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More Americans File for Bankruptcy

Bankruptcy judges have seen a 59 percent increase in caseloads in the past decade, and no new judges have been added to the federal bench since 1992, according to the Washington Post.

“The number of bankruptcy filings in the federal courts in Fiscal Year 2002 broke records again, and with no new bankruptcy judgeships and funding frozen, the Judiciary is struggling to handle the caseload,” the court’s Web site reported. “According to the Administrative Office of the U.S. Courts, more bankruptcies were filed in the 12-month period ending September 30, 2002 than at any time in history.” <?xml:namespace prefix = o ns = “urn:schemas-microsoft-com:office:office” />
Bankruptcy judges have seen a 59 percent increase in caseloads in the past decade, and no new judges have been added to the federal bench since 1992, according to the Washington Post.
“I am a little surprised,” Samuel J. Gerdano, executive director of the American Bankruptcy Institute, told the Post. “Last year we had a 10 percent drop between the end of June and the end of September. This reflects that the debt of the ’90s is hanging over us. Consumer debt is very high, and families are under a lot of stress.”
Gerdano said that as long as consumer spending remains high and personal savings remain low, more bankruptcies can be expected.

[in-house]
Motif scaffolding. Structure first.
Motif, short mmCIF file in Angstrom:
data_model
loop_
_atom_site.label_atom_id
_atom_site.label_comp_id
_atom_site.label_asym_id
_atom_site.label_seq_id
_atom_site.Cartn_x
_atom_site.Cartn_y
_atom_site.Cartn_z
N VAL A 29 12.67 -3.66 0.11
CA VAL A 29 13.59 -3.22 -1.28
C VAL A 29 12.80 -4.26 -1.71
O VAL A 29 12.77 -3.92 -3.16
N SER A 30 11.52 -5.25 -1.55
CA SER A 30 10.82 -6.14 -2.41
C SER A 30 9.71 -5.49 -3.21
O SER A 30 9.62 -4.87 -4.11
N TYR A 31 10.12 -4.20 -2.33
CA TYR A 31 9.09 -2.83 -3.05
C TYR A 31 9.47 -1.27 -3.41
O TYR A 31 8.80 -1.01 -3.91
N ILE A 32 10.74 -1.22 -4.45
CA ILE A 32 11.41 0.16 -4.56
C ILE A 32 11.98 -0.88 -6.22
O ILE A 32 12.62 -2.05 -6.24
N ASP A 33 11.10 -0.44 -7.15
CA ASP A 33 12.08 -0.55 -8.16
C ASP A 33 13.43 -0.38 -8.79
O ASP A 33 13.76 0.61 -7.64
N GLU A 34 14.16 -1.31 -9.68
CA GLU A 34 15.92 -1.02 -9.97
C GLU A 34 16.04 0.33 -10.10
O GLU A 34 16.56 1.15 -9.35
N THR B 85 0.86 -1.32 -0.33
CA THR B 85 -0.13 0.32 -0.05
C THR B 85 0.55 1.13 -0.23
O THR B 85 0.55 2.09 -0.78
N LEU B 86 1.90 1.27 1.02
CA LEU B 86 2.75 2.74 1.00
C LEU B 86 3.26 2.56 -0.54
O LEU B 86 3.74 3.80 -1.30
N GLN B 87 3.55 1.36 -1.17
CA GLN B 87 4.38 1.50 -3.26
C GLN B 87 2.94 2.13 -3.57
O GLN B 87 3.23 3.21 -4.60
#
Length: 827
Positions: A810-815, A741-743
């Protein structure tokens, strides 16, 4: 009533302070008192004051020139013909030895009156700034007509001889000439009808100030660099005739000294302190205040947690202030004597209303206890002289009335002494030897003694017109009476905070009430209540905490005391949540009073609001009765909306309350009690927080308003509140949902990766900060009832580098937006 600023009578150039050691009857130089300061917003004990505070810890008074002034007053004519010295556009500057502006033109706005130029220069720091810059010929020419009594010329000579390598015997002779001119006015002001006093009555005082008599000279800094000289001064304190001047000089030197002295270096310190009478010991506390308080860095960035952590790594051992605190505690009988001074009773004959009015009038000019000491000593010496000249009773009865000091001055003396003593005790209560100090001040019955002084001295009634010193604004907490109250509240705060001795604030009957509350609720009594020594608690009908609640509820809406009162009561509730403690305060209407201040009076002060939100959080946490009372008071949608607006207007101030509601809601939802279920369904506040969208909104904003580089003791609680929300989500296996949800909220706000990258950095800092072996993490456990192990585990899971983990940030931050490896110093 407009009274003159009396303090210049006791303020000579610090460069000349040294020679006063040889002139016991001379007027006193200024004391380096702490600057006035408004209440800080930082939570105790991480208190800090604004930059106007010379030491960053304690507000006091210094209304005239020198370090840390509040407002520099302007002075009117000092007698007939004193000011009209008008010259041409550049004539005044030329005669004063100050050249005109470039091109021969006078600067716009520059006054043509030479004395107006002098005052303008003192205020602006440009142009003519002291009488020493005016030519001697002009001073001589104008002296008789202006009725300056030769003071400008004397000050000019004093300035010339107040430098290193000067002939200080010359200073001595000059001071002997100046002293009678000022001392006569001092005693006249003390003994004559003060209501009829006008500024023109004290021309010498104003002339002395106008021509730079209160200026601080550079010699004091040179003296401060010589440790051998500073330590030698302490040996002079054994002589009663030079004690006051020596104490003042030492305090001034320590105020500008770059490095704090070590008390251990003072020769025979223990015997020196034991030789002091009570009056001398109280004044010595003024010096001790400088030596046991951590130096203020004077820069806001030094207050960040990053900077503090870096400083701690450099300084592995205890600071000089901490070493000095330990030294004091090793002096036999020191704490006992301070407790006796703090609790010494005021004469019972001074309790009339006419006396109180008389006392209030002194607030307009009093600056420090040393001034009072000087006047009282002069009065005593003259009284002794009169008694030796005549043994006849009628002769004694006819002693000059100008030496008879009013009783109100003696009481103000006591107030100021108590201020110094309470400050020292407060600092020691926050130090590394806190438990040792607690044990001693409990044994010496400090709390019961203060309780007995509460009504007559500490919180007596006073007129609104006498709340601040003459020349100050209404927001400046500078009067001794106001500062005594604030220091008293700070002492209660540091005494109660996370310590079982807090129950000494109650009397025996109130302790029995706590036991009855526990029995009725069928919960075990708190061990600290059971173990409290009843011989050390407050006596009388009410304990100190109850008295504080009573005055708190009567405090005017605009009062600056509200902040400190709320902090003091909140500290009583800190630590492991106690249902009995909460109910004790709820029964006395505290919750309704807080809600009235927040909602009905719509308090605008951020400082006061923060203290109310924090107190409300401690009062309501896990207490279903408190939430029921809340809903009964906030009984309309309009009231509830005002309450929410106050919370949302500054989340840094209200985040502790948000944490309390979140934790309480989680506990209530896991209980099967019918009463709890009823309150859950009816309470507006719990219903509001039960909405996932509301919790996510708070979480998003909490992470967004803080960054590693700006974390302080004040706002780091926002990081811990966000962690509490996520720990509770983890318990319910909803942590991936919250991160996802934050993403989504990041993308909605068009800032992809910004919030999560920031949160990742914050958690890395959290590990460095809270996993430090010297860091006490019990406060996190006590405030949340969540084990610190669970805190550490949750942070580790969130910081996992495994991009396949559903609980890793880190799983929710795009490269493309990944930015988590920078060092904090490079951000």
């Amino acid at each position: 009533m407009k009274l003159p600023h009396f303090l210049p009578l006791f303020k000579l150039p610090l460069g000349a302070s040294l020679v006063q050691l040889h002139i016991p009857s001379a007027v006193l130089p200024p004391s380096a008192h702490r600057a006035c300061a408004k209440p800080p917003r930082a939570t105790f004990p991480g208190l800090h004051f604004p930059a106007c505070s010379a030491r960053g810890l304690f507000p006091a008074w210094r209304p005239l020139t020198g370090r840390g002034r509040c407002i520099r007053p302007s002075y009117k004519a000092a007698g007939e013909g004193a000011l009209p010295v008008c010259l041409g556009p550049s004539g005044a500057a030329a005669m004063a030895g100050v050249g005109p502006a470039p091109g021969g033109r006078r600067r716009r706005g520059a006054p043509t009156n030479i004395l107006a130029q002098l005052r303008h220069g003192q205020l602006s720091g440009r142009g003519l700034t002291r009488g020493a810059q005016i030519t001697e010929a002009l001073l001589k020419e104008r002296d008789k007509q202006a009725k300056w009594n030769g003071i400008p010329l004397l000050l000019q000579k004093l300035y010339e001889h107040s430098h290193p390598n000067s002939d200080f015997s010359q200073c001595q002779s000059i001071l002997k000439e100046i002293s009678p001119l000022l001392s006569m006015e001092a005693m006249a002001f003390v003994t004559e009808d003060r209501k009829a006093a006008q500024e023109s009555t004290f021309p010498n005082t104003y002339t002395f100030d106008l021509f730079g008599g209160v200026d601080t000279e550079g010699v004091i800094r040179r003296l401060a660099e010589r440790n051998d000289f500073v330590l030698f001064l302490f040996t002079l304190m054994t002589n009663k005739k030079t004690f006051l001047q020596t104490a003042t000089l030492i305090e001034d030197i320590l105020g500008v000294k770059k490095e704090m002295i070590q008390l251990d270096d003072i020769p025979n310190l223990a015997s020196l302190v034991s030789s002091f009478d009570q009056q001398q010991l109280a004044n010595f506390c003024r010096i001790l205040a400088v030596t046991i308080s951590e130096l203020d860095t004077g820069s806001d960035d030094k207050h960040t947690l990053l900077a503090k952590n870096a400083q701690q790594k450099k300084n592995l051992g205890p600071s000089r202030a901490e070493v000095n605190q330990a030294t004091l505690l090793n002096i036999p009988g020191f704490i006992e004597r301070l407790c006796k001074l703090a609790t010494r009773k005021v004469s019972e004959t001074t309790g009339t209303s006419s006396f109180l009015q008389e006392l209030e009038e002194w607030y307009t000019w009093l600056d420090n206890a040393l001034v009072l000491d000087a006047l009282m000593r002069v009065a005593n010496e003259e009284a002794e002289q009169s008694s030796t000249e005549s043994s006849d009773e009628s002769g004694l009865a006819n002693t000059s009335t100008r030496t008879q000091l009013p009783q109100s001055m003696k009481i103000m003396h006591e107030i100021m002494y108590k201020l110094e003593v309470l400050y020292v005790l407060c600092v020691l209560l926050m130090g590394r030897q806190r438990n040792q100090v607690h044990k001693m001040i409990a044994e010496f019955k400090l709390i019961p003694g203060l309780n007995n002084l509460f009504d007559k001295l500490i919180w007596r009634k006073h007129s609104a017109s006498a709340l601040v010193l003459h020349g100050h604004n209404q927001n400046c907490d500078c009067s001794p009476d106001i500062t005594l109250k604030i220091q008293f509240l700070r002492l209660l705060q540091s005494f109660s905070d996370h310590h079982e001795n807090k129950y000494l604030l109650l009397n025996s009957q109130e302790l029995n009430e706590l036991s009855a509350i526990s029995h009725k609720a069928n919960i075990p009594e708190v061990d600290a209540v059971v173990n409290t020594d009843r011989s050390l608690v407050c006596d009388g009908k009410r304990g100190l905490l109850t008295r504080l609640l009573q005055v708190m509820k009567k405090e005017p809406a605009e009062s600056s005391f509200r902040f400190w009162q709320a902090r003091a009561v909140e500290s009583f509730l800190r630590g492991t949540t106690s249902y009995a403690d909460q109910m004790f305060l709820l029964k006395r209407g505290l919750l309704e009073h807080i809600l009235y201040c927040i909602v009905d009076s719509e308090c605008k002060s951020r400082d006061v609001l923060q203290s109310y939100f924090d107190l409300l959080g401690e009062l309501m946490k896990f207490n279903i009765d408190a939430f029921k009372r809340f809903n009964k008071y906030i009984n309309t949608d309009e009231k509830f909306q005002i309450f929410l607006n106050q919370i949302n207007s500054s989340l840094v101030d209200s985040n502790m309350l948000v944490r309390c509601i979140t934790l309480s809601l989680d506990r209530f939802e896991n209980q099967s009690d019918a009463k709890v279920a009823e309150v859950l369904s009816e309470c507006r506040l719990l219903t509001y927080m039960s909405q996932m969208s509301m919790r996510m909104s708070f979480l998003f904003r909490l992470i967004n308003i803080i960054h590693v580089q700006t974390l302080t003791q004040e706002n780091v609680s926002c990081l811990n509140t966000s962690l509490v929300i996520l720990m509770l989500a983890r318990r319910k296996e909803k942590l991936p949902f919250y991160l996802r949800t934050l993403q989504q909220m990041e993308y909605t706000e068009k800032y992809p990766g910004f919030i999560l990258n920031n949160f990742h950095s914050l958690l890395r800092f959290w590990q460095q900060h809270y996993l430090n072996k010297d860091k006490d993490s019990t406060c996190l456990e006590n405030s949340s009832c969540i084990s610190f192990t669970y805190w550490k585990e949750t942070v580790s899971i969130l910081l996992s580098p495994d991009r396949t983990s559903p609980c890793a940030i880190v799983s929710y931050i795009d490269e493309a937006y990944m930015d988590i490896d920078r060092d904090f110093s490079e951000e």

Some consumerists “blame credit card issuers for seducing consumers into debt with credit offers,” according to ConsumerAlert.com. “Experts cite other factors to explain bankruptcy trends, such as large uninsured medical expenses, divorce with its financial pressures on a divided family, family crises, business failure, higher unemployment in certain regions, as well as credit over-extension.”
ConsumerAlert.com listed the following warning signs that an individual may be headed for financial trouble:

  • Not paying bills on time, or juggling bill-paying each month.
  • Making only minimum payments on large credit card bills.
  • Not knowing how much you owe.
  • Living up to two incomes, without putting anything aside for emergencies.
  • Regularly using your overdraft credit on your checking account to pay bills.
  • Getting calls from collection agencies.
  • Being denied credit because of a negative credit report.

So how does one get back on track? ConsumerAlert.com suggests these steps:

  • Analyze where your money is going by establishing a budget and sticking to it.
  • Contact your creditors if you are facing temporary problems in making your payments. Try to work out a repayment schedule that you can meet.
  • If you have many credit accounts on which you are behind, consider a consolidation loan; but be sure you can make the loan payments.
  • If the problem is severe or long-term, contact your local non-profit Consumer Credit Counseling Service, to help you get control of your financial situation.
  • In considering whether to file for bankruptcy, first seek competent legal advice. Because of its legal and financial consequences, bankruptcy should only be considered in extreme situations. Be aware that there are fees associated with filing, and you must still pay some of your debts.

The Post reported that the latest jump in the number of bankruptcies “will give more fuel to credit card firms and financial institutions that have been pressing to change the nation’s bankruptcy laws to make it more difficult for debtors to file for bankruptcy and wipe out their debts.”
Such legislation has been in the works for a decade now, but still hasn’t garnered the necessary votes, according to the Post.
Jodi Mathews is BCE’s communications director.